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Frank

Analog Trimming with On-chip EEPROM

March 23rd, 2009 by Frank

 

Most of our mixed signal ASIC designs benefit greatly by including the ability to trim key analog circuits.  These often include an amplifier gain/offset, a bandgap reference voltage, a bias current generator or the frequency of an oscillator or filter.  A small amount of nonvolatile memory, coupled with an array of FET switches, resistors and capacitors can provide the equivalent of a discrete DIP switch, trim pot or trim capacitor.  An integrated version of these components also has the advantage of providing electronic trimming.

The most versatile type of memory for storing a trim setting is an EEPROM (Electrically Erasable Programmable Read Only Memory).  As the name implies, it can be written and erased electrically and therefore allows a trim setting to be changed numerous times, either at device test or in the application circuit.  A conventional EEPROM contains a memory core, surrounded by peripheral circuits (row/column drivers, sense amps, etc.).  It may require significant die area and special process steps, both of which may drive the cost of the IC to unacceptable levels.  What’s really needed for holding a trim setting is a small, efficient EEPROM that does not significantly impact cost.

Our nonvolatile registers provide an ideal solution for storing trim settings.  The core memory circuit is a self-contained, nonvolatile latch (NV Latch).  Each NV Latch includes its own level shifter and sense amp, so they can be distributed anywhere they are needed.  They automatically power up to their last programmed state and draw essentially no static current (just junction leakage current – typically less than 1nA).  They can be mated to a wide variety of digital interface circuits to provide serial and parallel read/write access.

Our NV Latch cell does not require any special processing during wafer fabrication, so including it in a design does not add processing steps (or cost).  Even though each bit is completely self-contained, it is still a very area efficient memory.  In the table below, the area required for conventional and latch based EEPROMs are listed.  As expected, when a large number of bits are required, a conventional EEPROM is the densest configuration.  For applications requiring less than several hundred bits, a latch based architecture can be much smaller (and flexible).  For example, a 16 bit NV register requires under 20 square mils or about 1.08 square mils per bit.  This is about the same density per bit as a 0.5K EEPROM, but can be added in 16 bit increments and distributed throughout the IC.  A conventional EEPROM typically has a minimum size of several hundred square mils, corresponding to 256 to 1K bits.  (As the number of bits is reduced, the peripheral circuits dominate the total area required for the memory, making very small memories impractical.)  When less than 100 bits are required, an NV Register can be more than 10 times smaller than a conventional EEPROM.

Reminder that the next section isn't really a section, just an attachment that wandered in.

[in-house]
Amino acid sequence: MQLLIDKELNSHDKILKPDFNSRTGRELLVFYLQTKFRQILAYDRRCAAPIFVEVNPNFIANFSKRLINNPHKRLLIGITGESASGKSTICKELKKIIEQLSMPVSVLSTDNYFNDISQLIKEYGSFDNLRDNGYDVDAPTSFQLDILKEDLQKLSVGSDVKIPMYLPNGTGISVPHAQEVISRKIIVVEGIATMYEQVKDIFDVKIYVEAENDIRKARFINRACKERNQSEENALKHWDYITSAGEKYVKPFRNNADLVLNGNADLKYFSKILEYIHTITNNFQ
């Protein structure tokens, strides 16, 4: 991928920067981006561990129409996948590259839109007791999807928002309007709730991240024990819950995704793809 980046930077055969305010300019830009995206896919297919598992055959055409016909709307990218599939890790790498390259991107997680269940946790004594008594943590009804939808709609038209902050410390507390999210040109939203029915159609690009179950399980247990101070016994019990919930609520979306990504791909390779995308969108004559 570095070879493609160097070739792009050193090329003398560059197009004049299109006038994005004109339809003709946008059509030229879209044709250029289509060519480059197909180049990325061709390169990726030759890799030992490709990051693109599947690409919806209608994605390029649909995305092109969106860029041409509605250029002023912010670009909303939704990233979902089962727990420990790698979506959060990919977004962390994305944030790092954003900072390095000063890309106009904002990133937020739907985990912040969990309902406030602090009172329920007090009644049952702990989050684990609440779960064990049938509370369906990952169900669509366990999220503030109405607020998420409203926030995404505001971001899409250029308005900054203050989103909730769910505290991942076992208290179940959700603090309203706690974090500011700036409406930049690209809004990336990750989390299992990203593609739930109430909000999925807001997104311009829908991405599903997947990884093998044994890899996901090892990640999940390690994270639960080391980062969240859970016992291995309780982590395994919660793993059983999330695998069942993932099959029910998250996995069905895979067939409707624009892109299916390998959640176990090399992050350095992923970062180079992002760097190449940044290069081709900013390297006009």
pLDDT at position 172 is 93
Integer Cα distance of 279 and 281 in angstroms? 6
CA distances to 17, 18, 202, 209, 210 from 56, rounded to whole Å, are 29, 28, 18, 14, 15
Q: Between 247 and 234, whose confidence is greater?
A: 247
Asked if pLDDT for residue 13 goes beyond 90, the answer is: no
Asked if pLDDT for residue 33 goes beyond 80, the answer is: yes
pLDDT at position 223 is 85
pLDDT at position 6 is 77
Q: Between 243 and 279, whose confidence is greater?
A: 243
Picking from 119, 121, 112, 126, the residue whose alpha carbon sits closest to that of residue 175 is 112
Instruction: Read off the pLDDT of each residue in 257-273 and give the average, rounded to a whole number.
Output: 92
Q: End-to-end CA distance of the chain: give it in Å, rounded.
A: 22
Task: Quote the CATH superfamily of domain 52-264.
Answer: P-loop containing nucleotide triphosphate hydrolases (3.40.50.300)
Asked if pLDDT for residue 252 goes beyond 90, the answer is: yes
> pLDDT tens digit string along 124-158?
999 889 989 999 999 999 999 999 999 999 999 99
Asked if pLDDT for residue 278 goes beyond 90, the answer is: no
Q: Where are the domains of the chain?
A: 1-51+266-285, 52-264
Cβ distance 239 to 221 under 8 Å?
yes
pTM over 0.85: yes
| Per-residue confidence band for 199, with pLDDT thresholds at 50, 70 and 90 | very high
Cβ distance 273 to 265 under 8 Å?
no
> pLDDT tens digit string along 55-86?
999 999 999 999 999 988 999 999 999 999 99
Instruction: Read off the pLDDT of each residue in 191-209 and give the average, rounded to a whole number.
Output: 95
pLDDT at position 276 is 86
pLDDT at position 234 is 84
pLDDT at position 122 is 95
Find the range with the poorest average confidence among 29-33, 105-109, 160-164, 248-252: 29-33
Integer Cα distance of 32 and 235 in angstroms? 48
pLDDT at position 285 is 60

EEPROM Area (Conventional vs. NV Latch)

EEPROM

Size (bits)

Total Area

(sq. mils)

Area/Bit

(sq. mils)

 

NV Latch

Size (bits)

Total Area

(sq. mils)

Area/Bit

(sq. mils)

512

567

1.11

 

8

10.3

1.29

1K

640

0.63

 

16

17.3

1.08

2K

790

0.39

 

24

24.3

1.01

4K

1080

0.26

 

32

31.3

0.98

8K

1670

0.20

 

48

45.2

0.94

16K

2850

0.17

 

64

59.1

0.92

32K

5240

0.16

 

128

116.5

0.91

If you are an IC designer and would like to explore the features of our NV Registers for your own design, you can download specifications for our “Classic” and “High Density” macro cells.  Calculators for our latch based and conventional EEPROMs are also available.  (These are interactive tools that provide EEPROM area estimates for different memory configurations.)  You can download specifications and calculators by visiting our Products/IP Products web page.  Look for “16K EEPROM”, “High Density NV Register” and “NV Register” (Classic Version).

Our library of NV Registers provide a very versatile memory for storing analog trim settings.  Because they require minimal area and no extra processing steps, they have little or no impact on part cost, but can significantly improve part performance.  (They often reduce cost by improving yield when a spec is tight.)  We have found these small EEPROMs so useful that almost all of our mixed signal designs use them.  In addition to storing trim settings, we often use them to save counter states (odometers), configuration data and part ID’s.  For more examples of typical applications, see our “Products/Applications Overview” web page.

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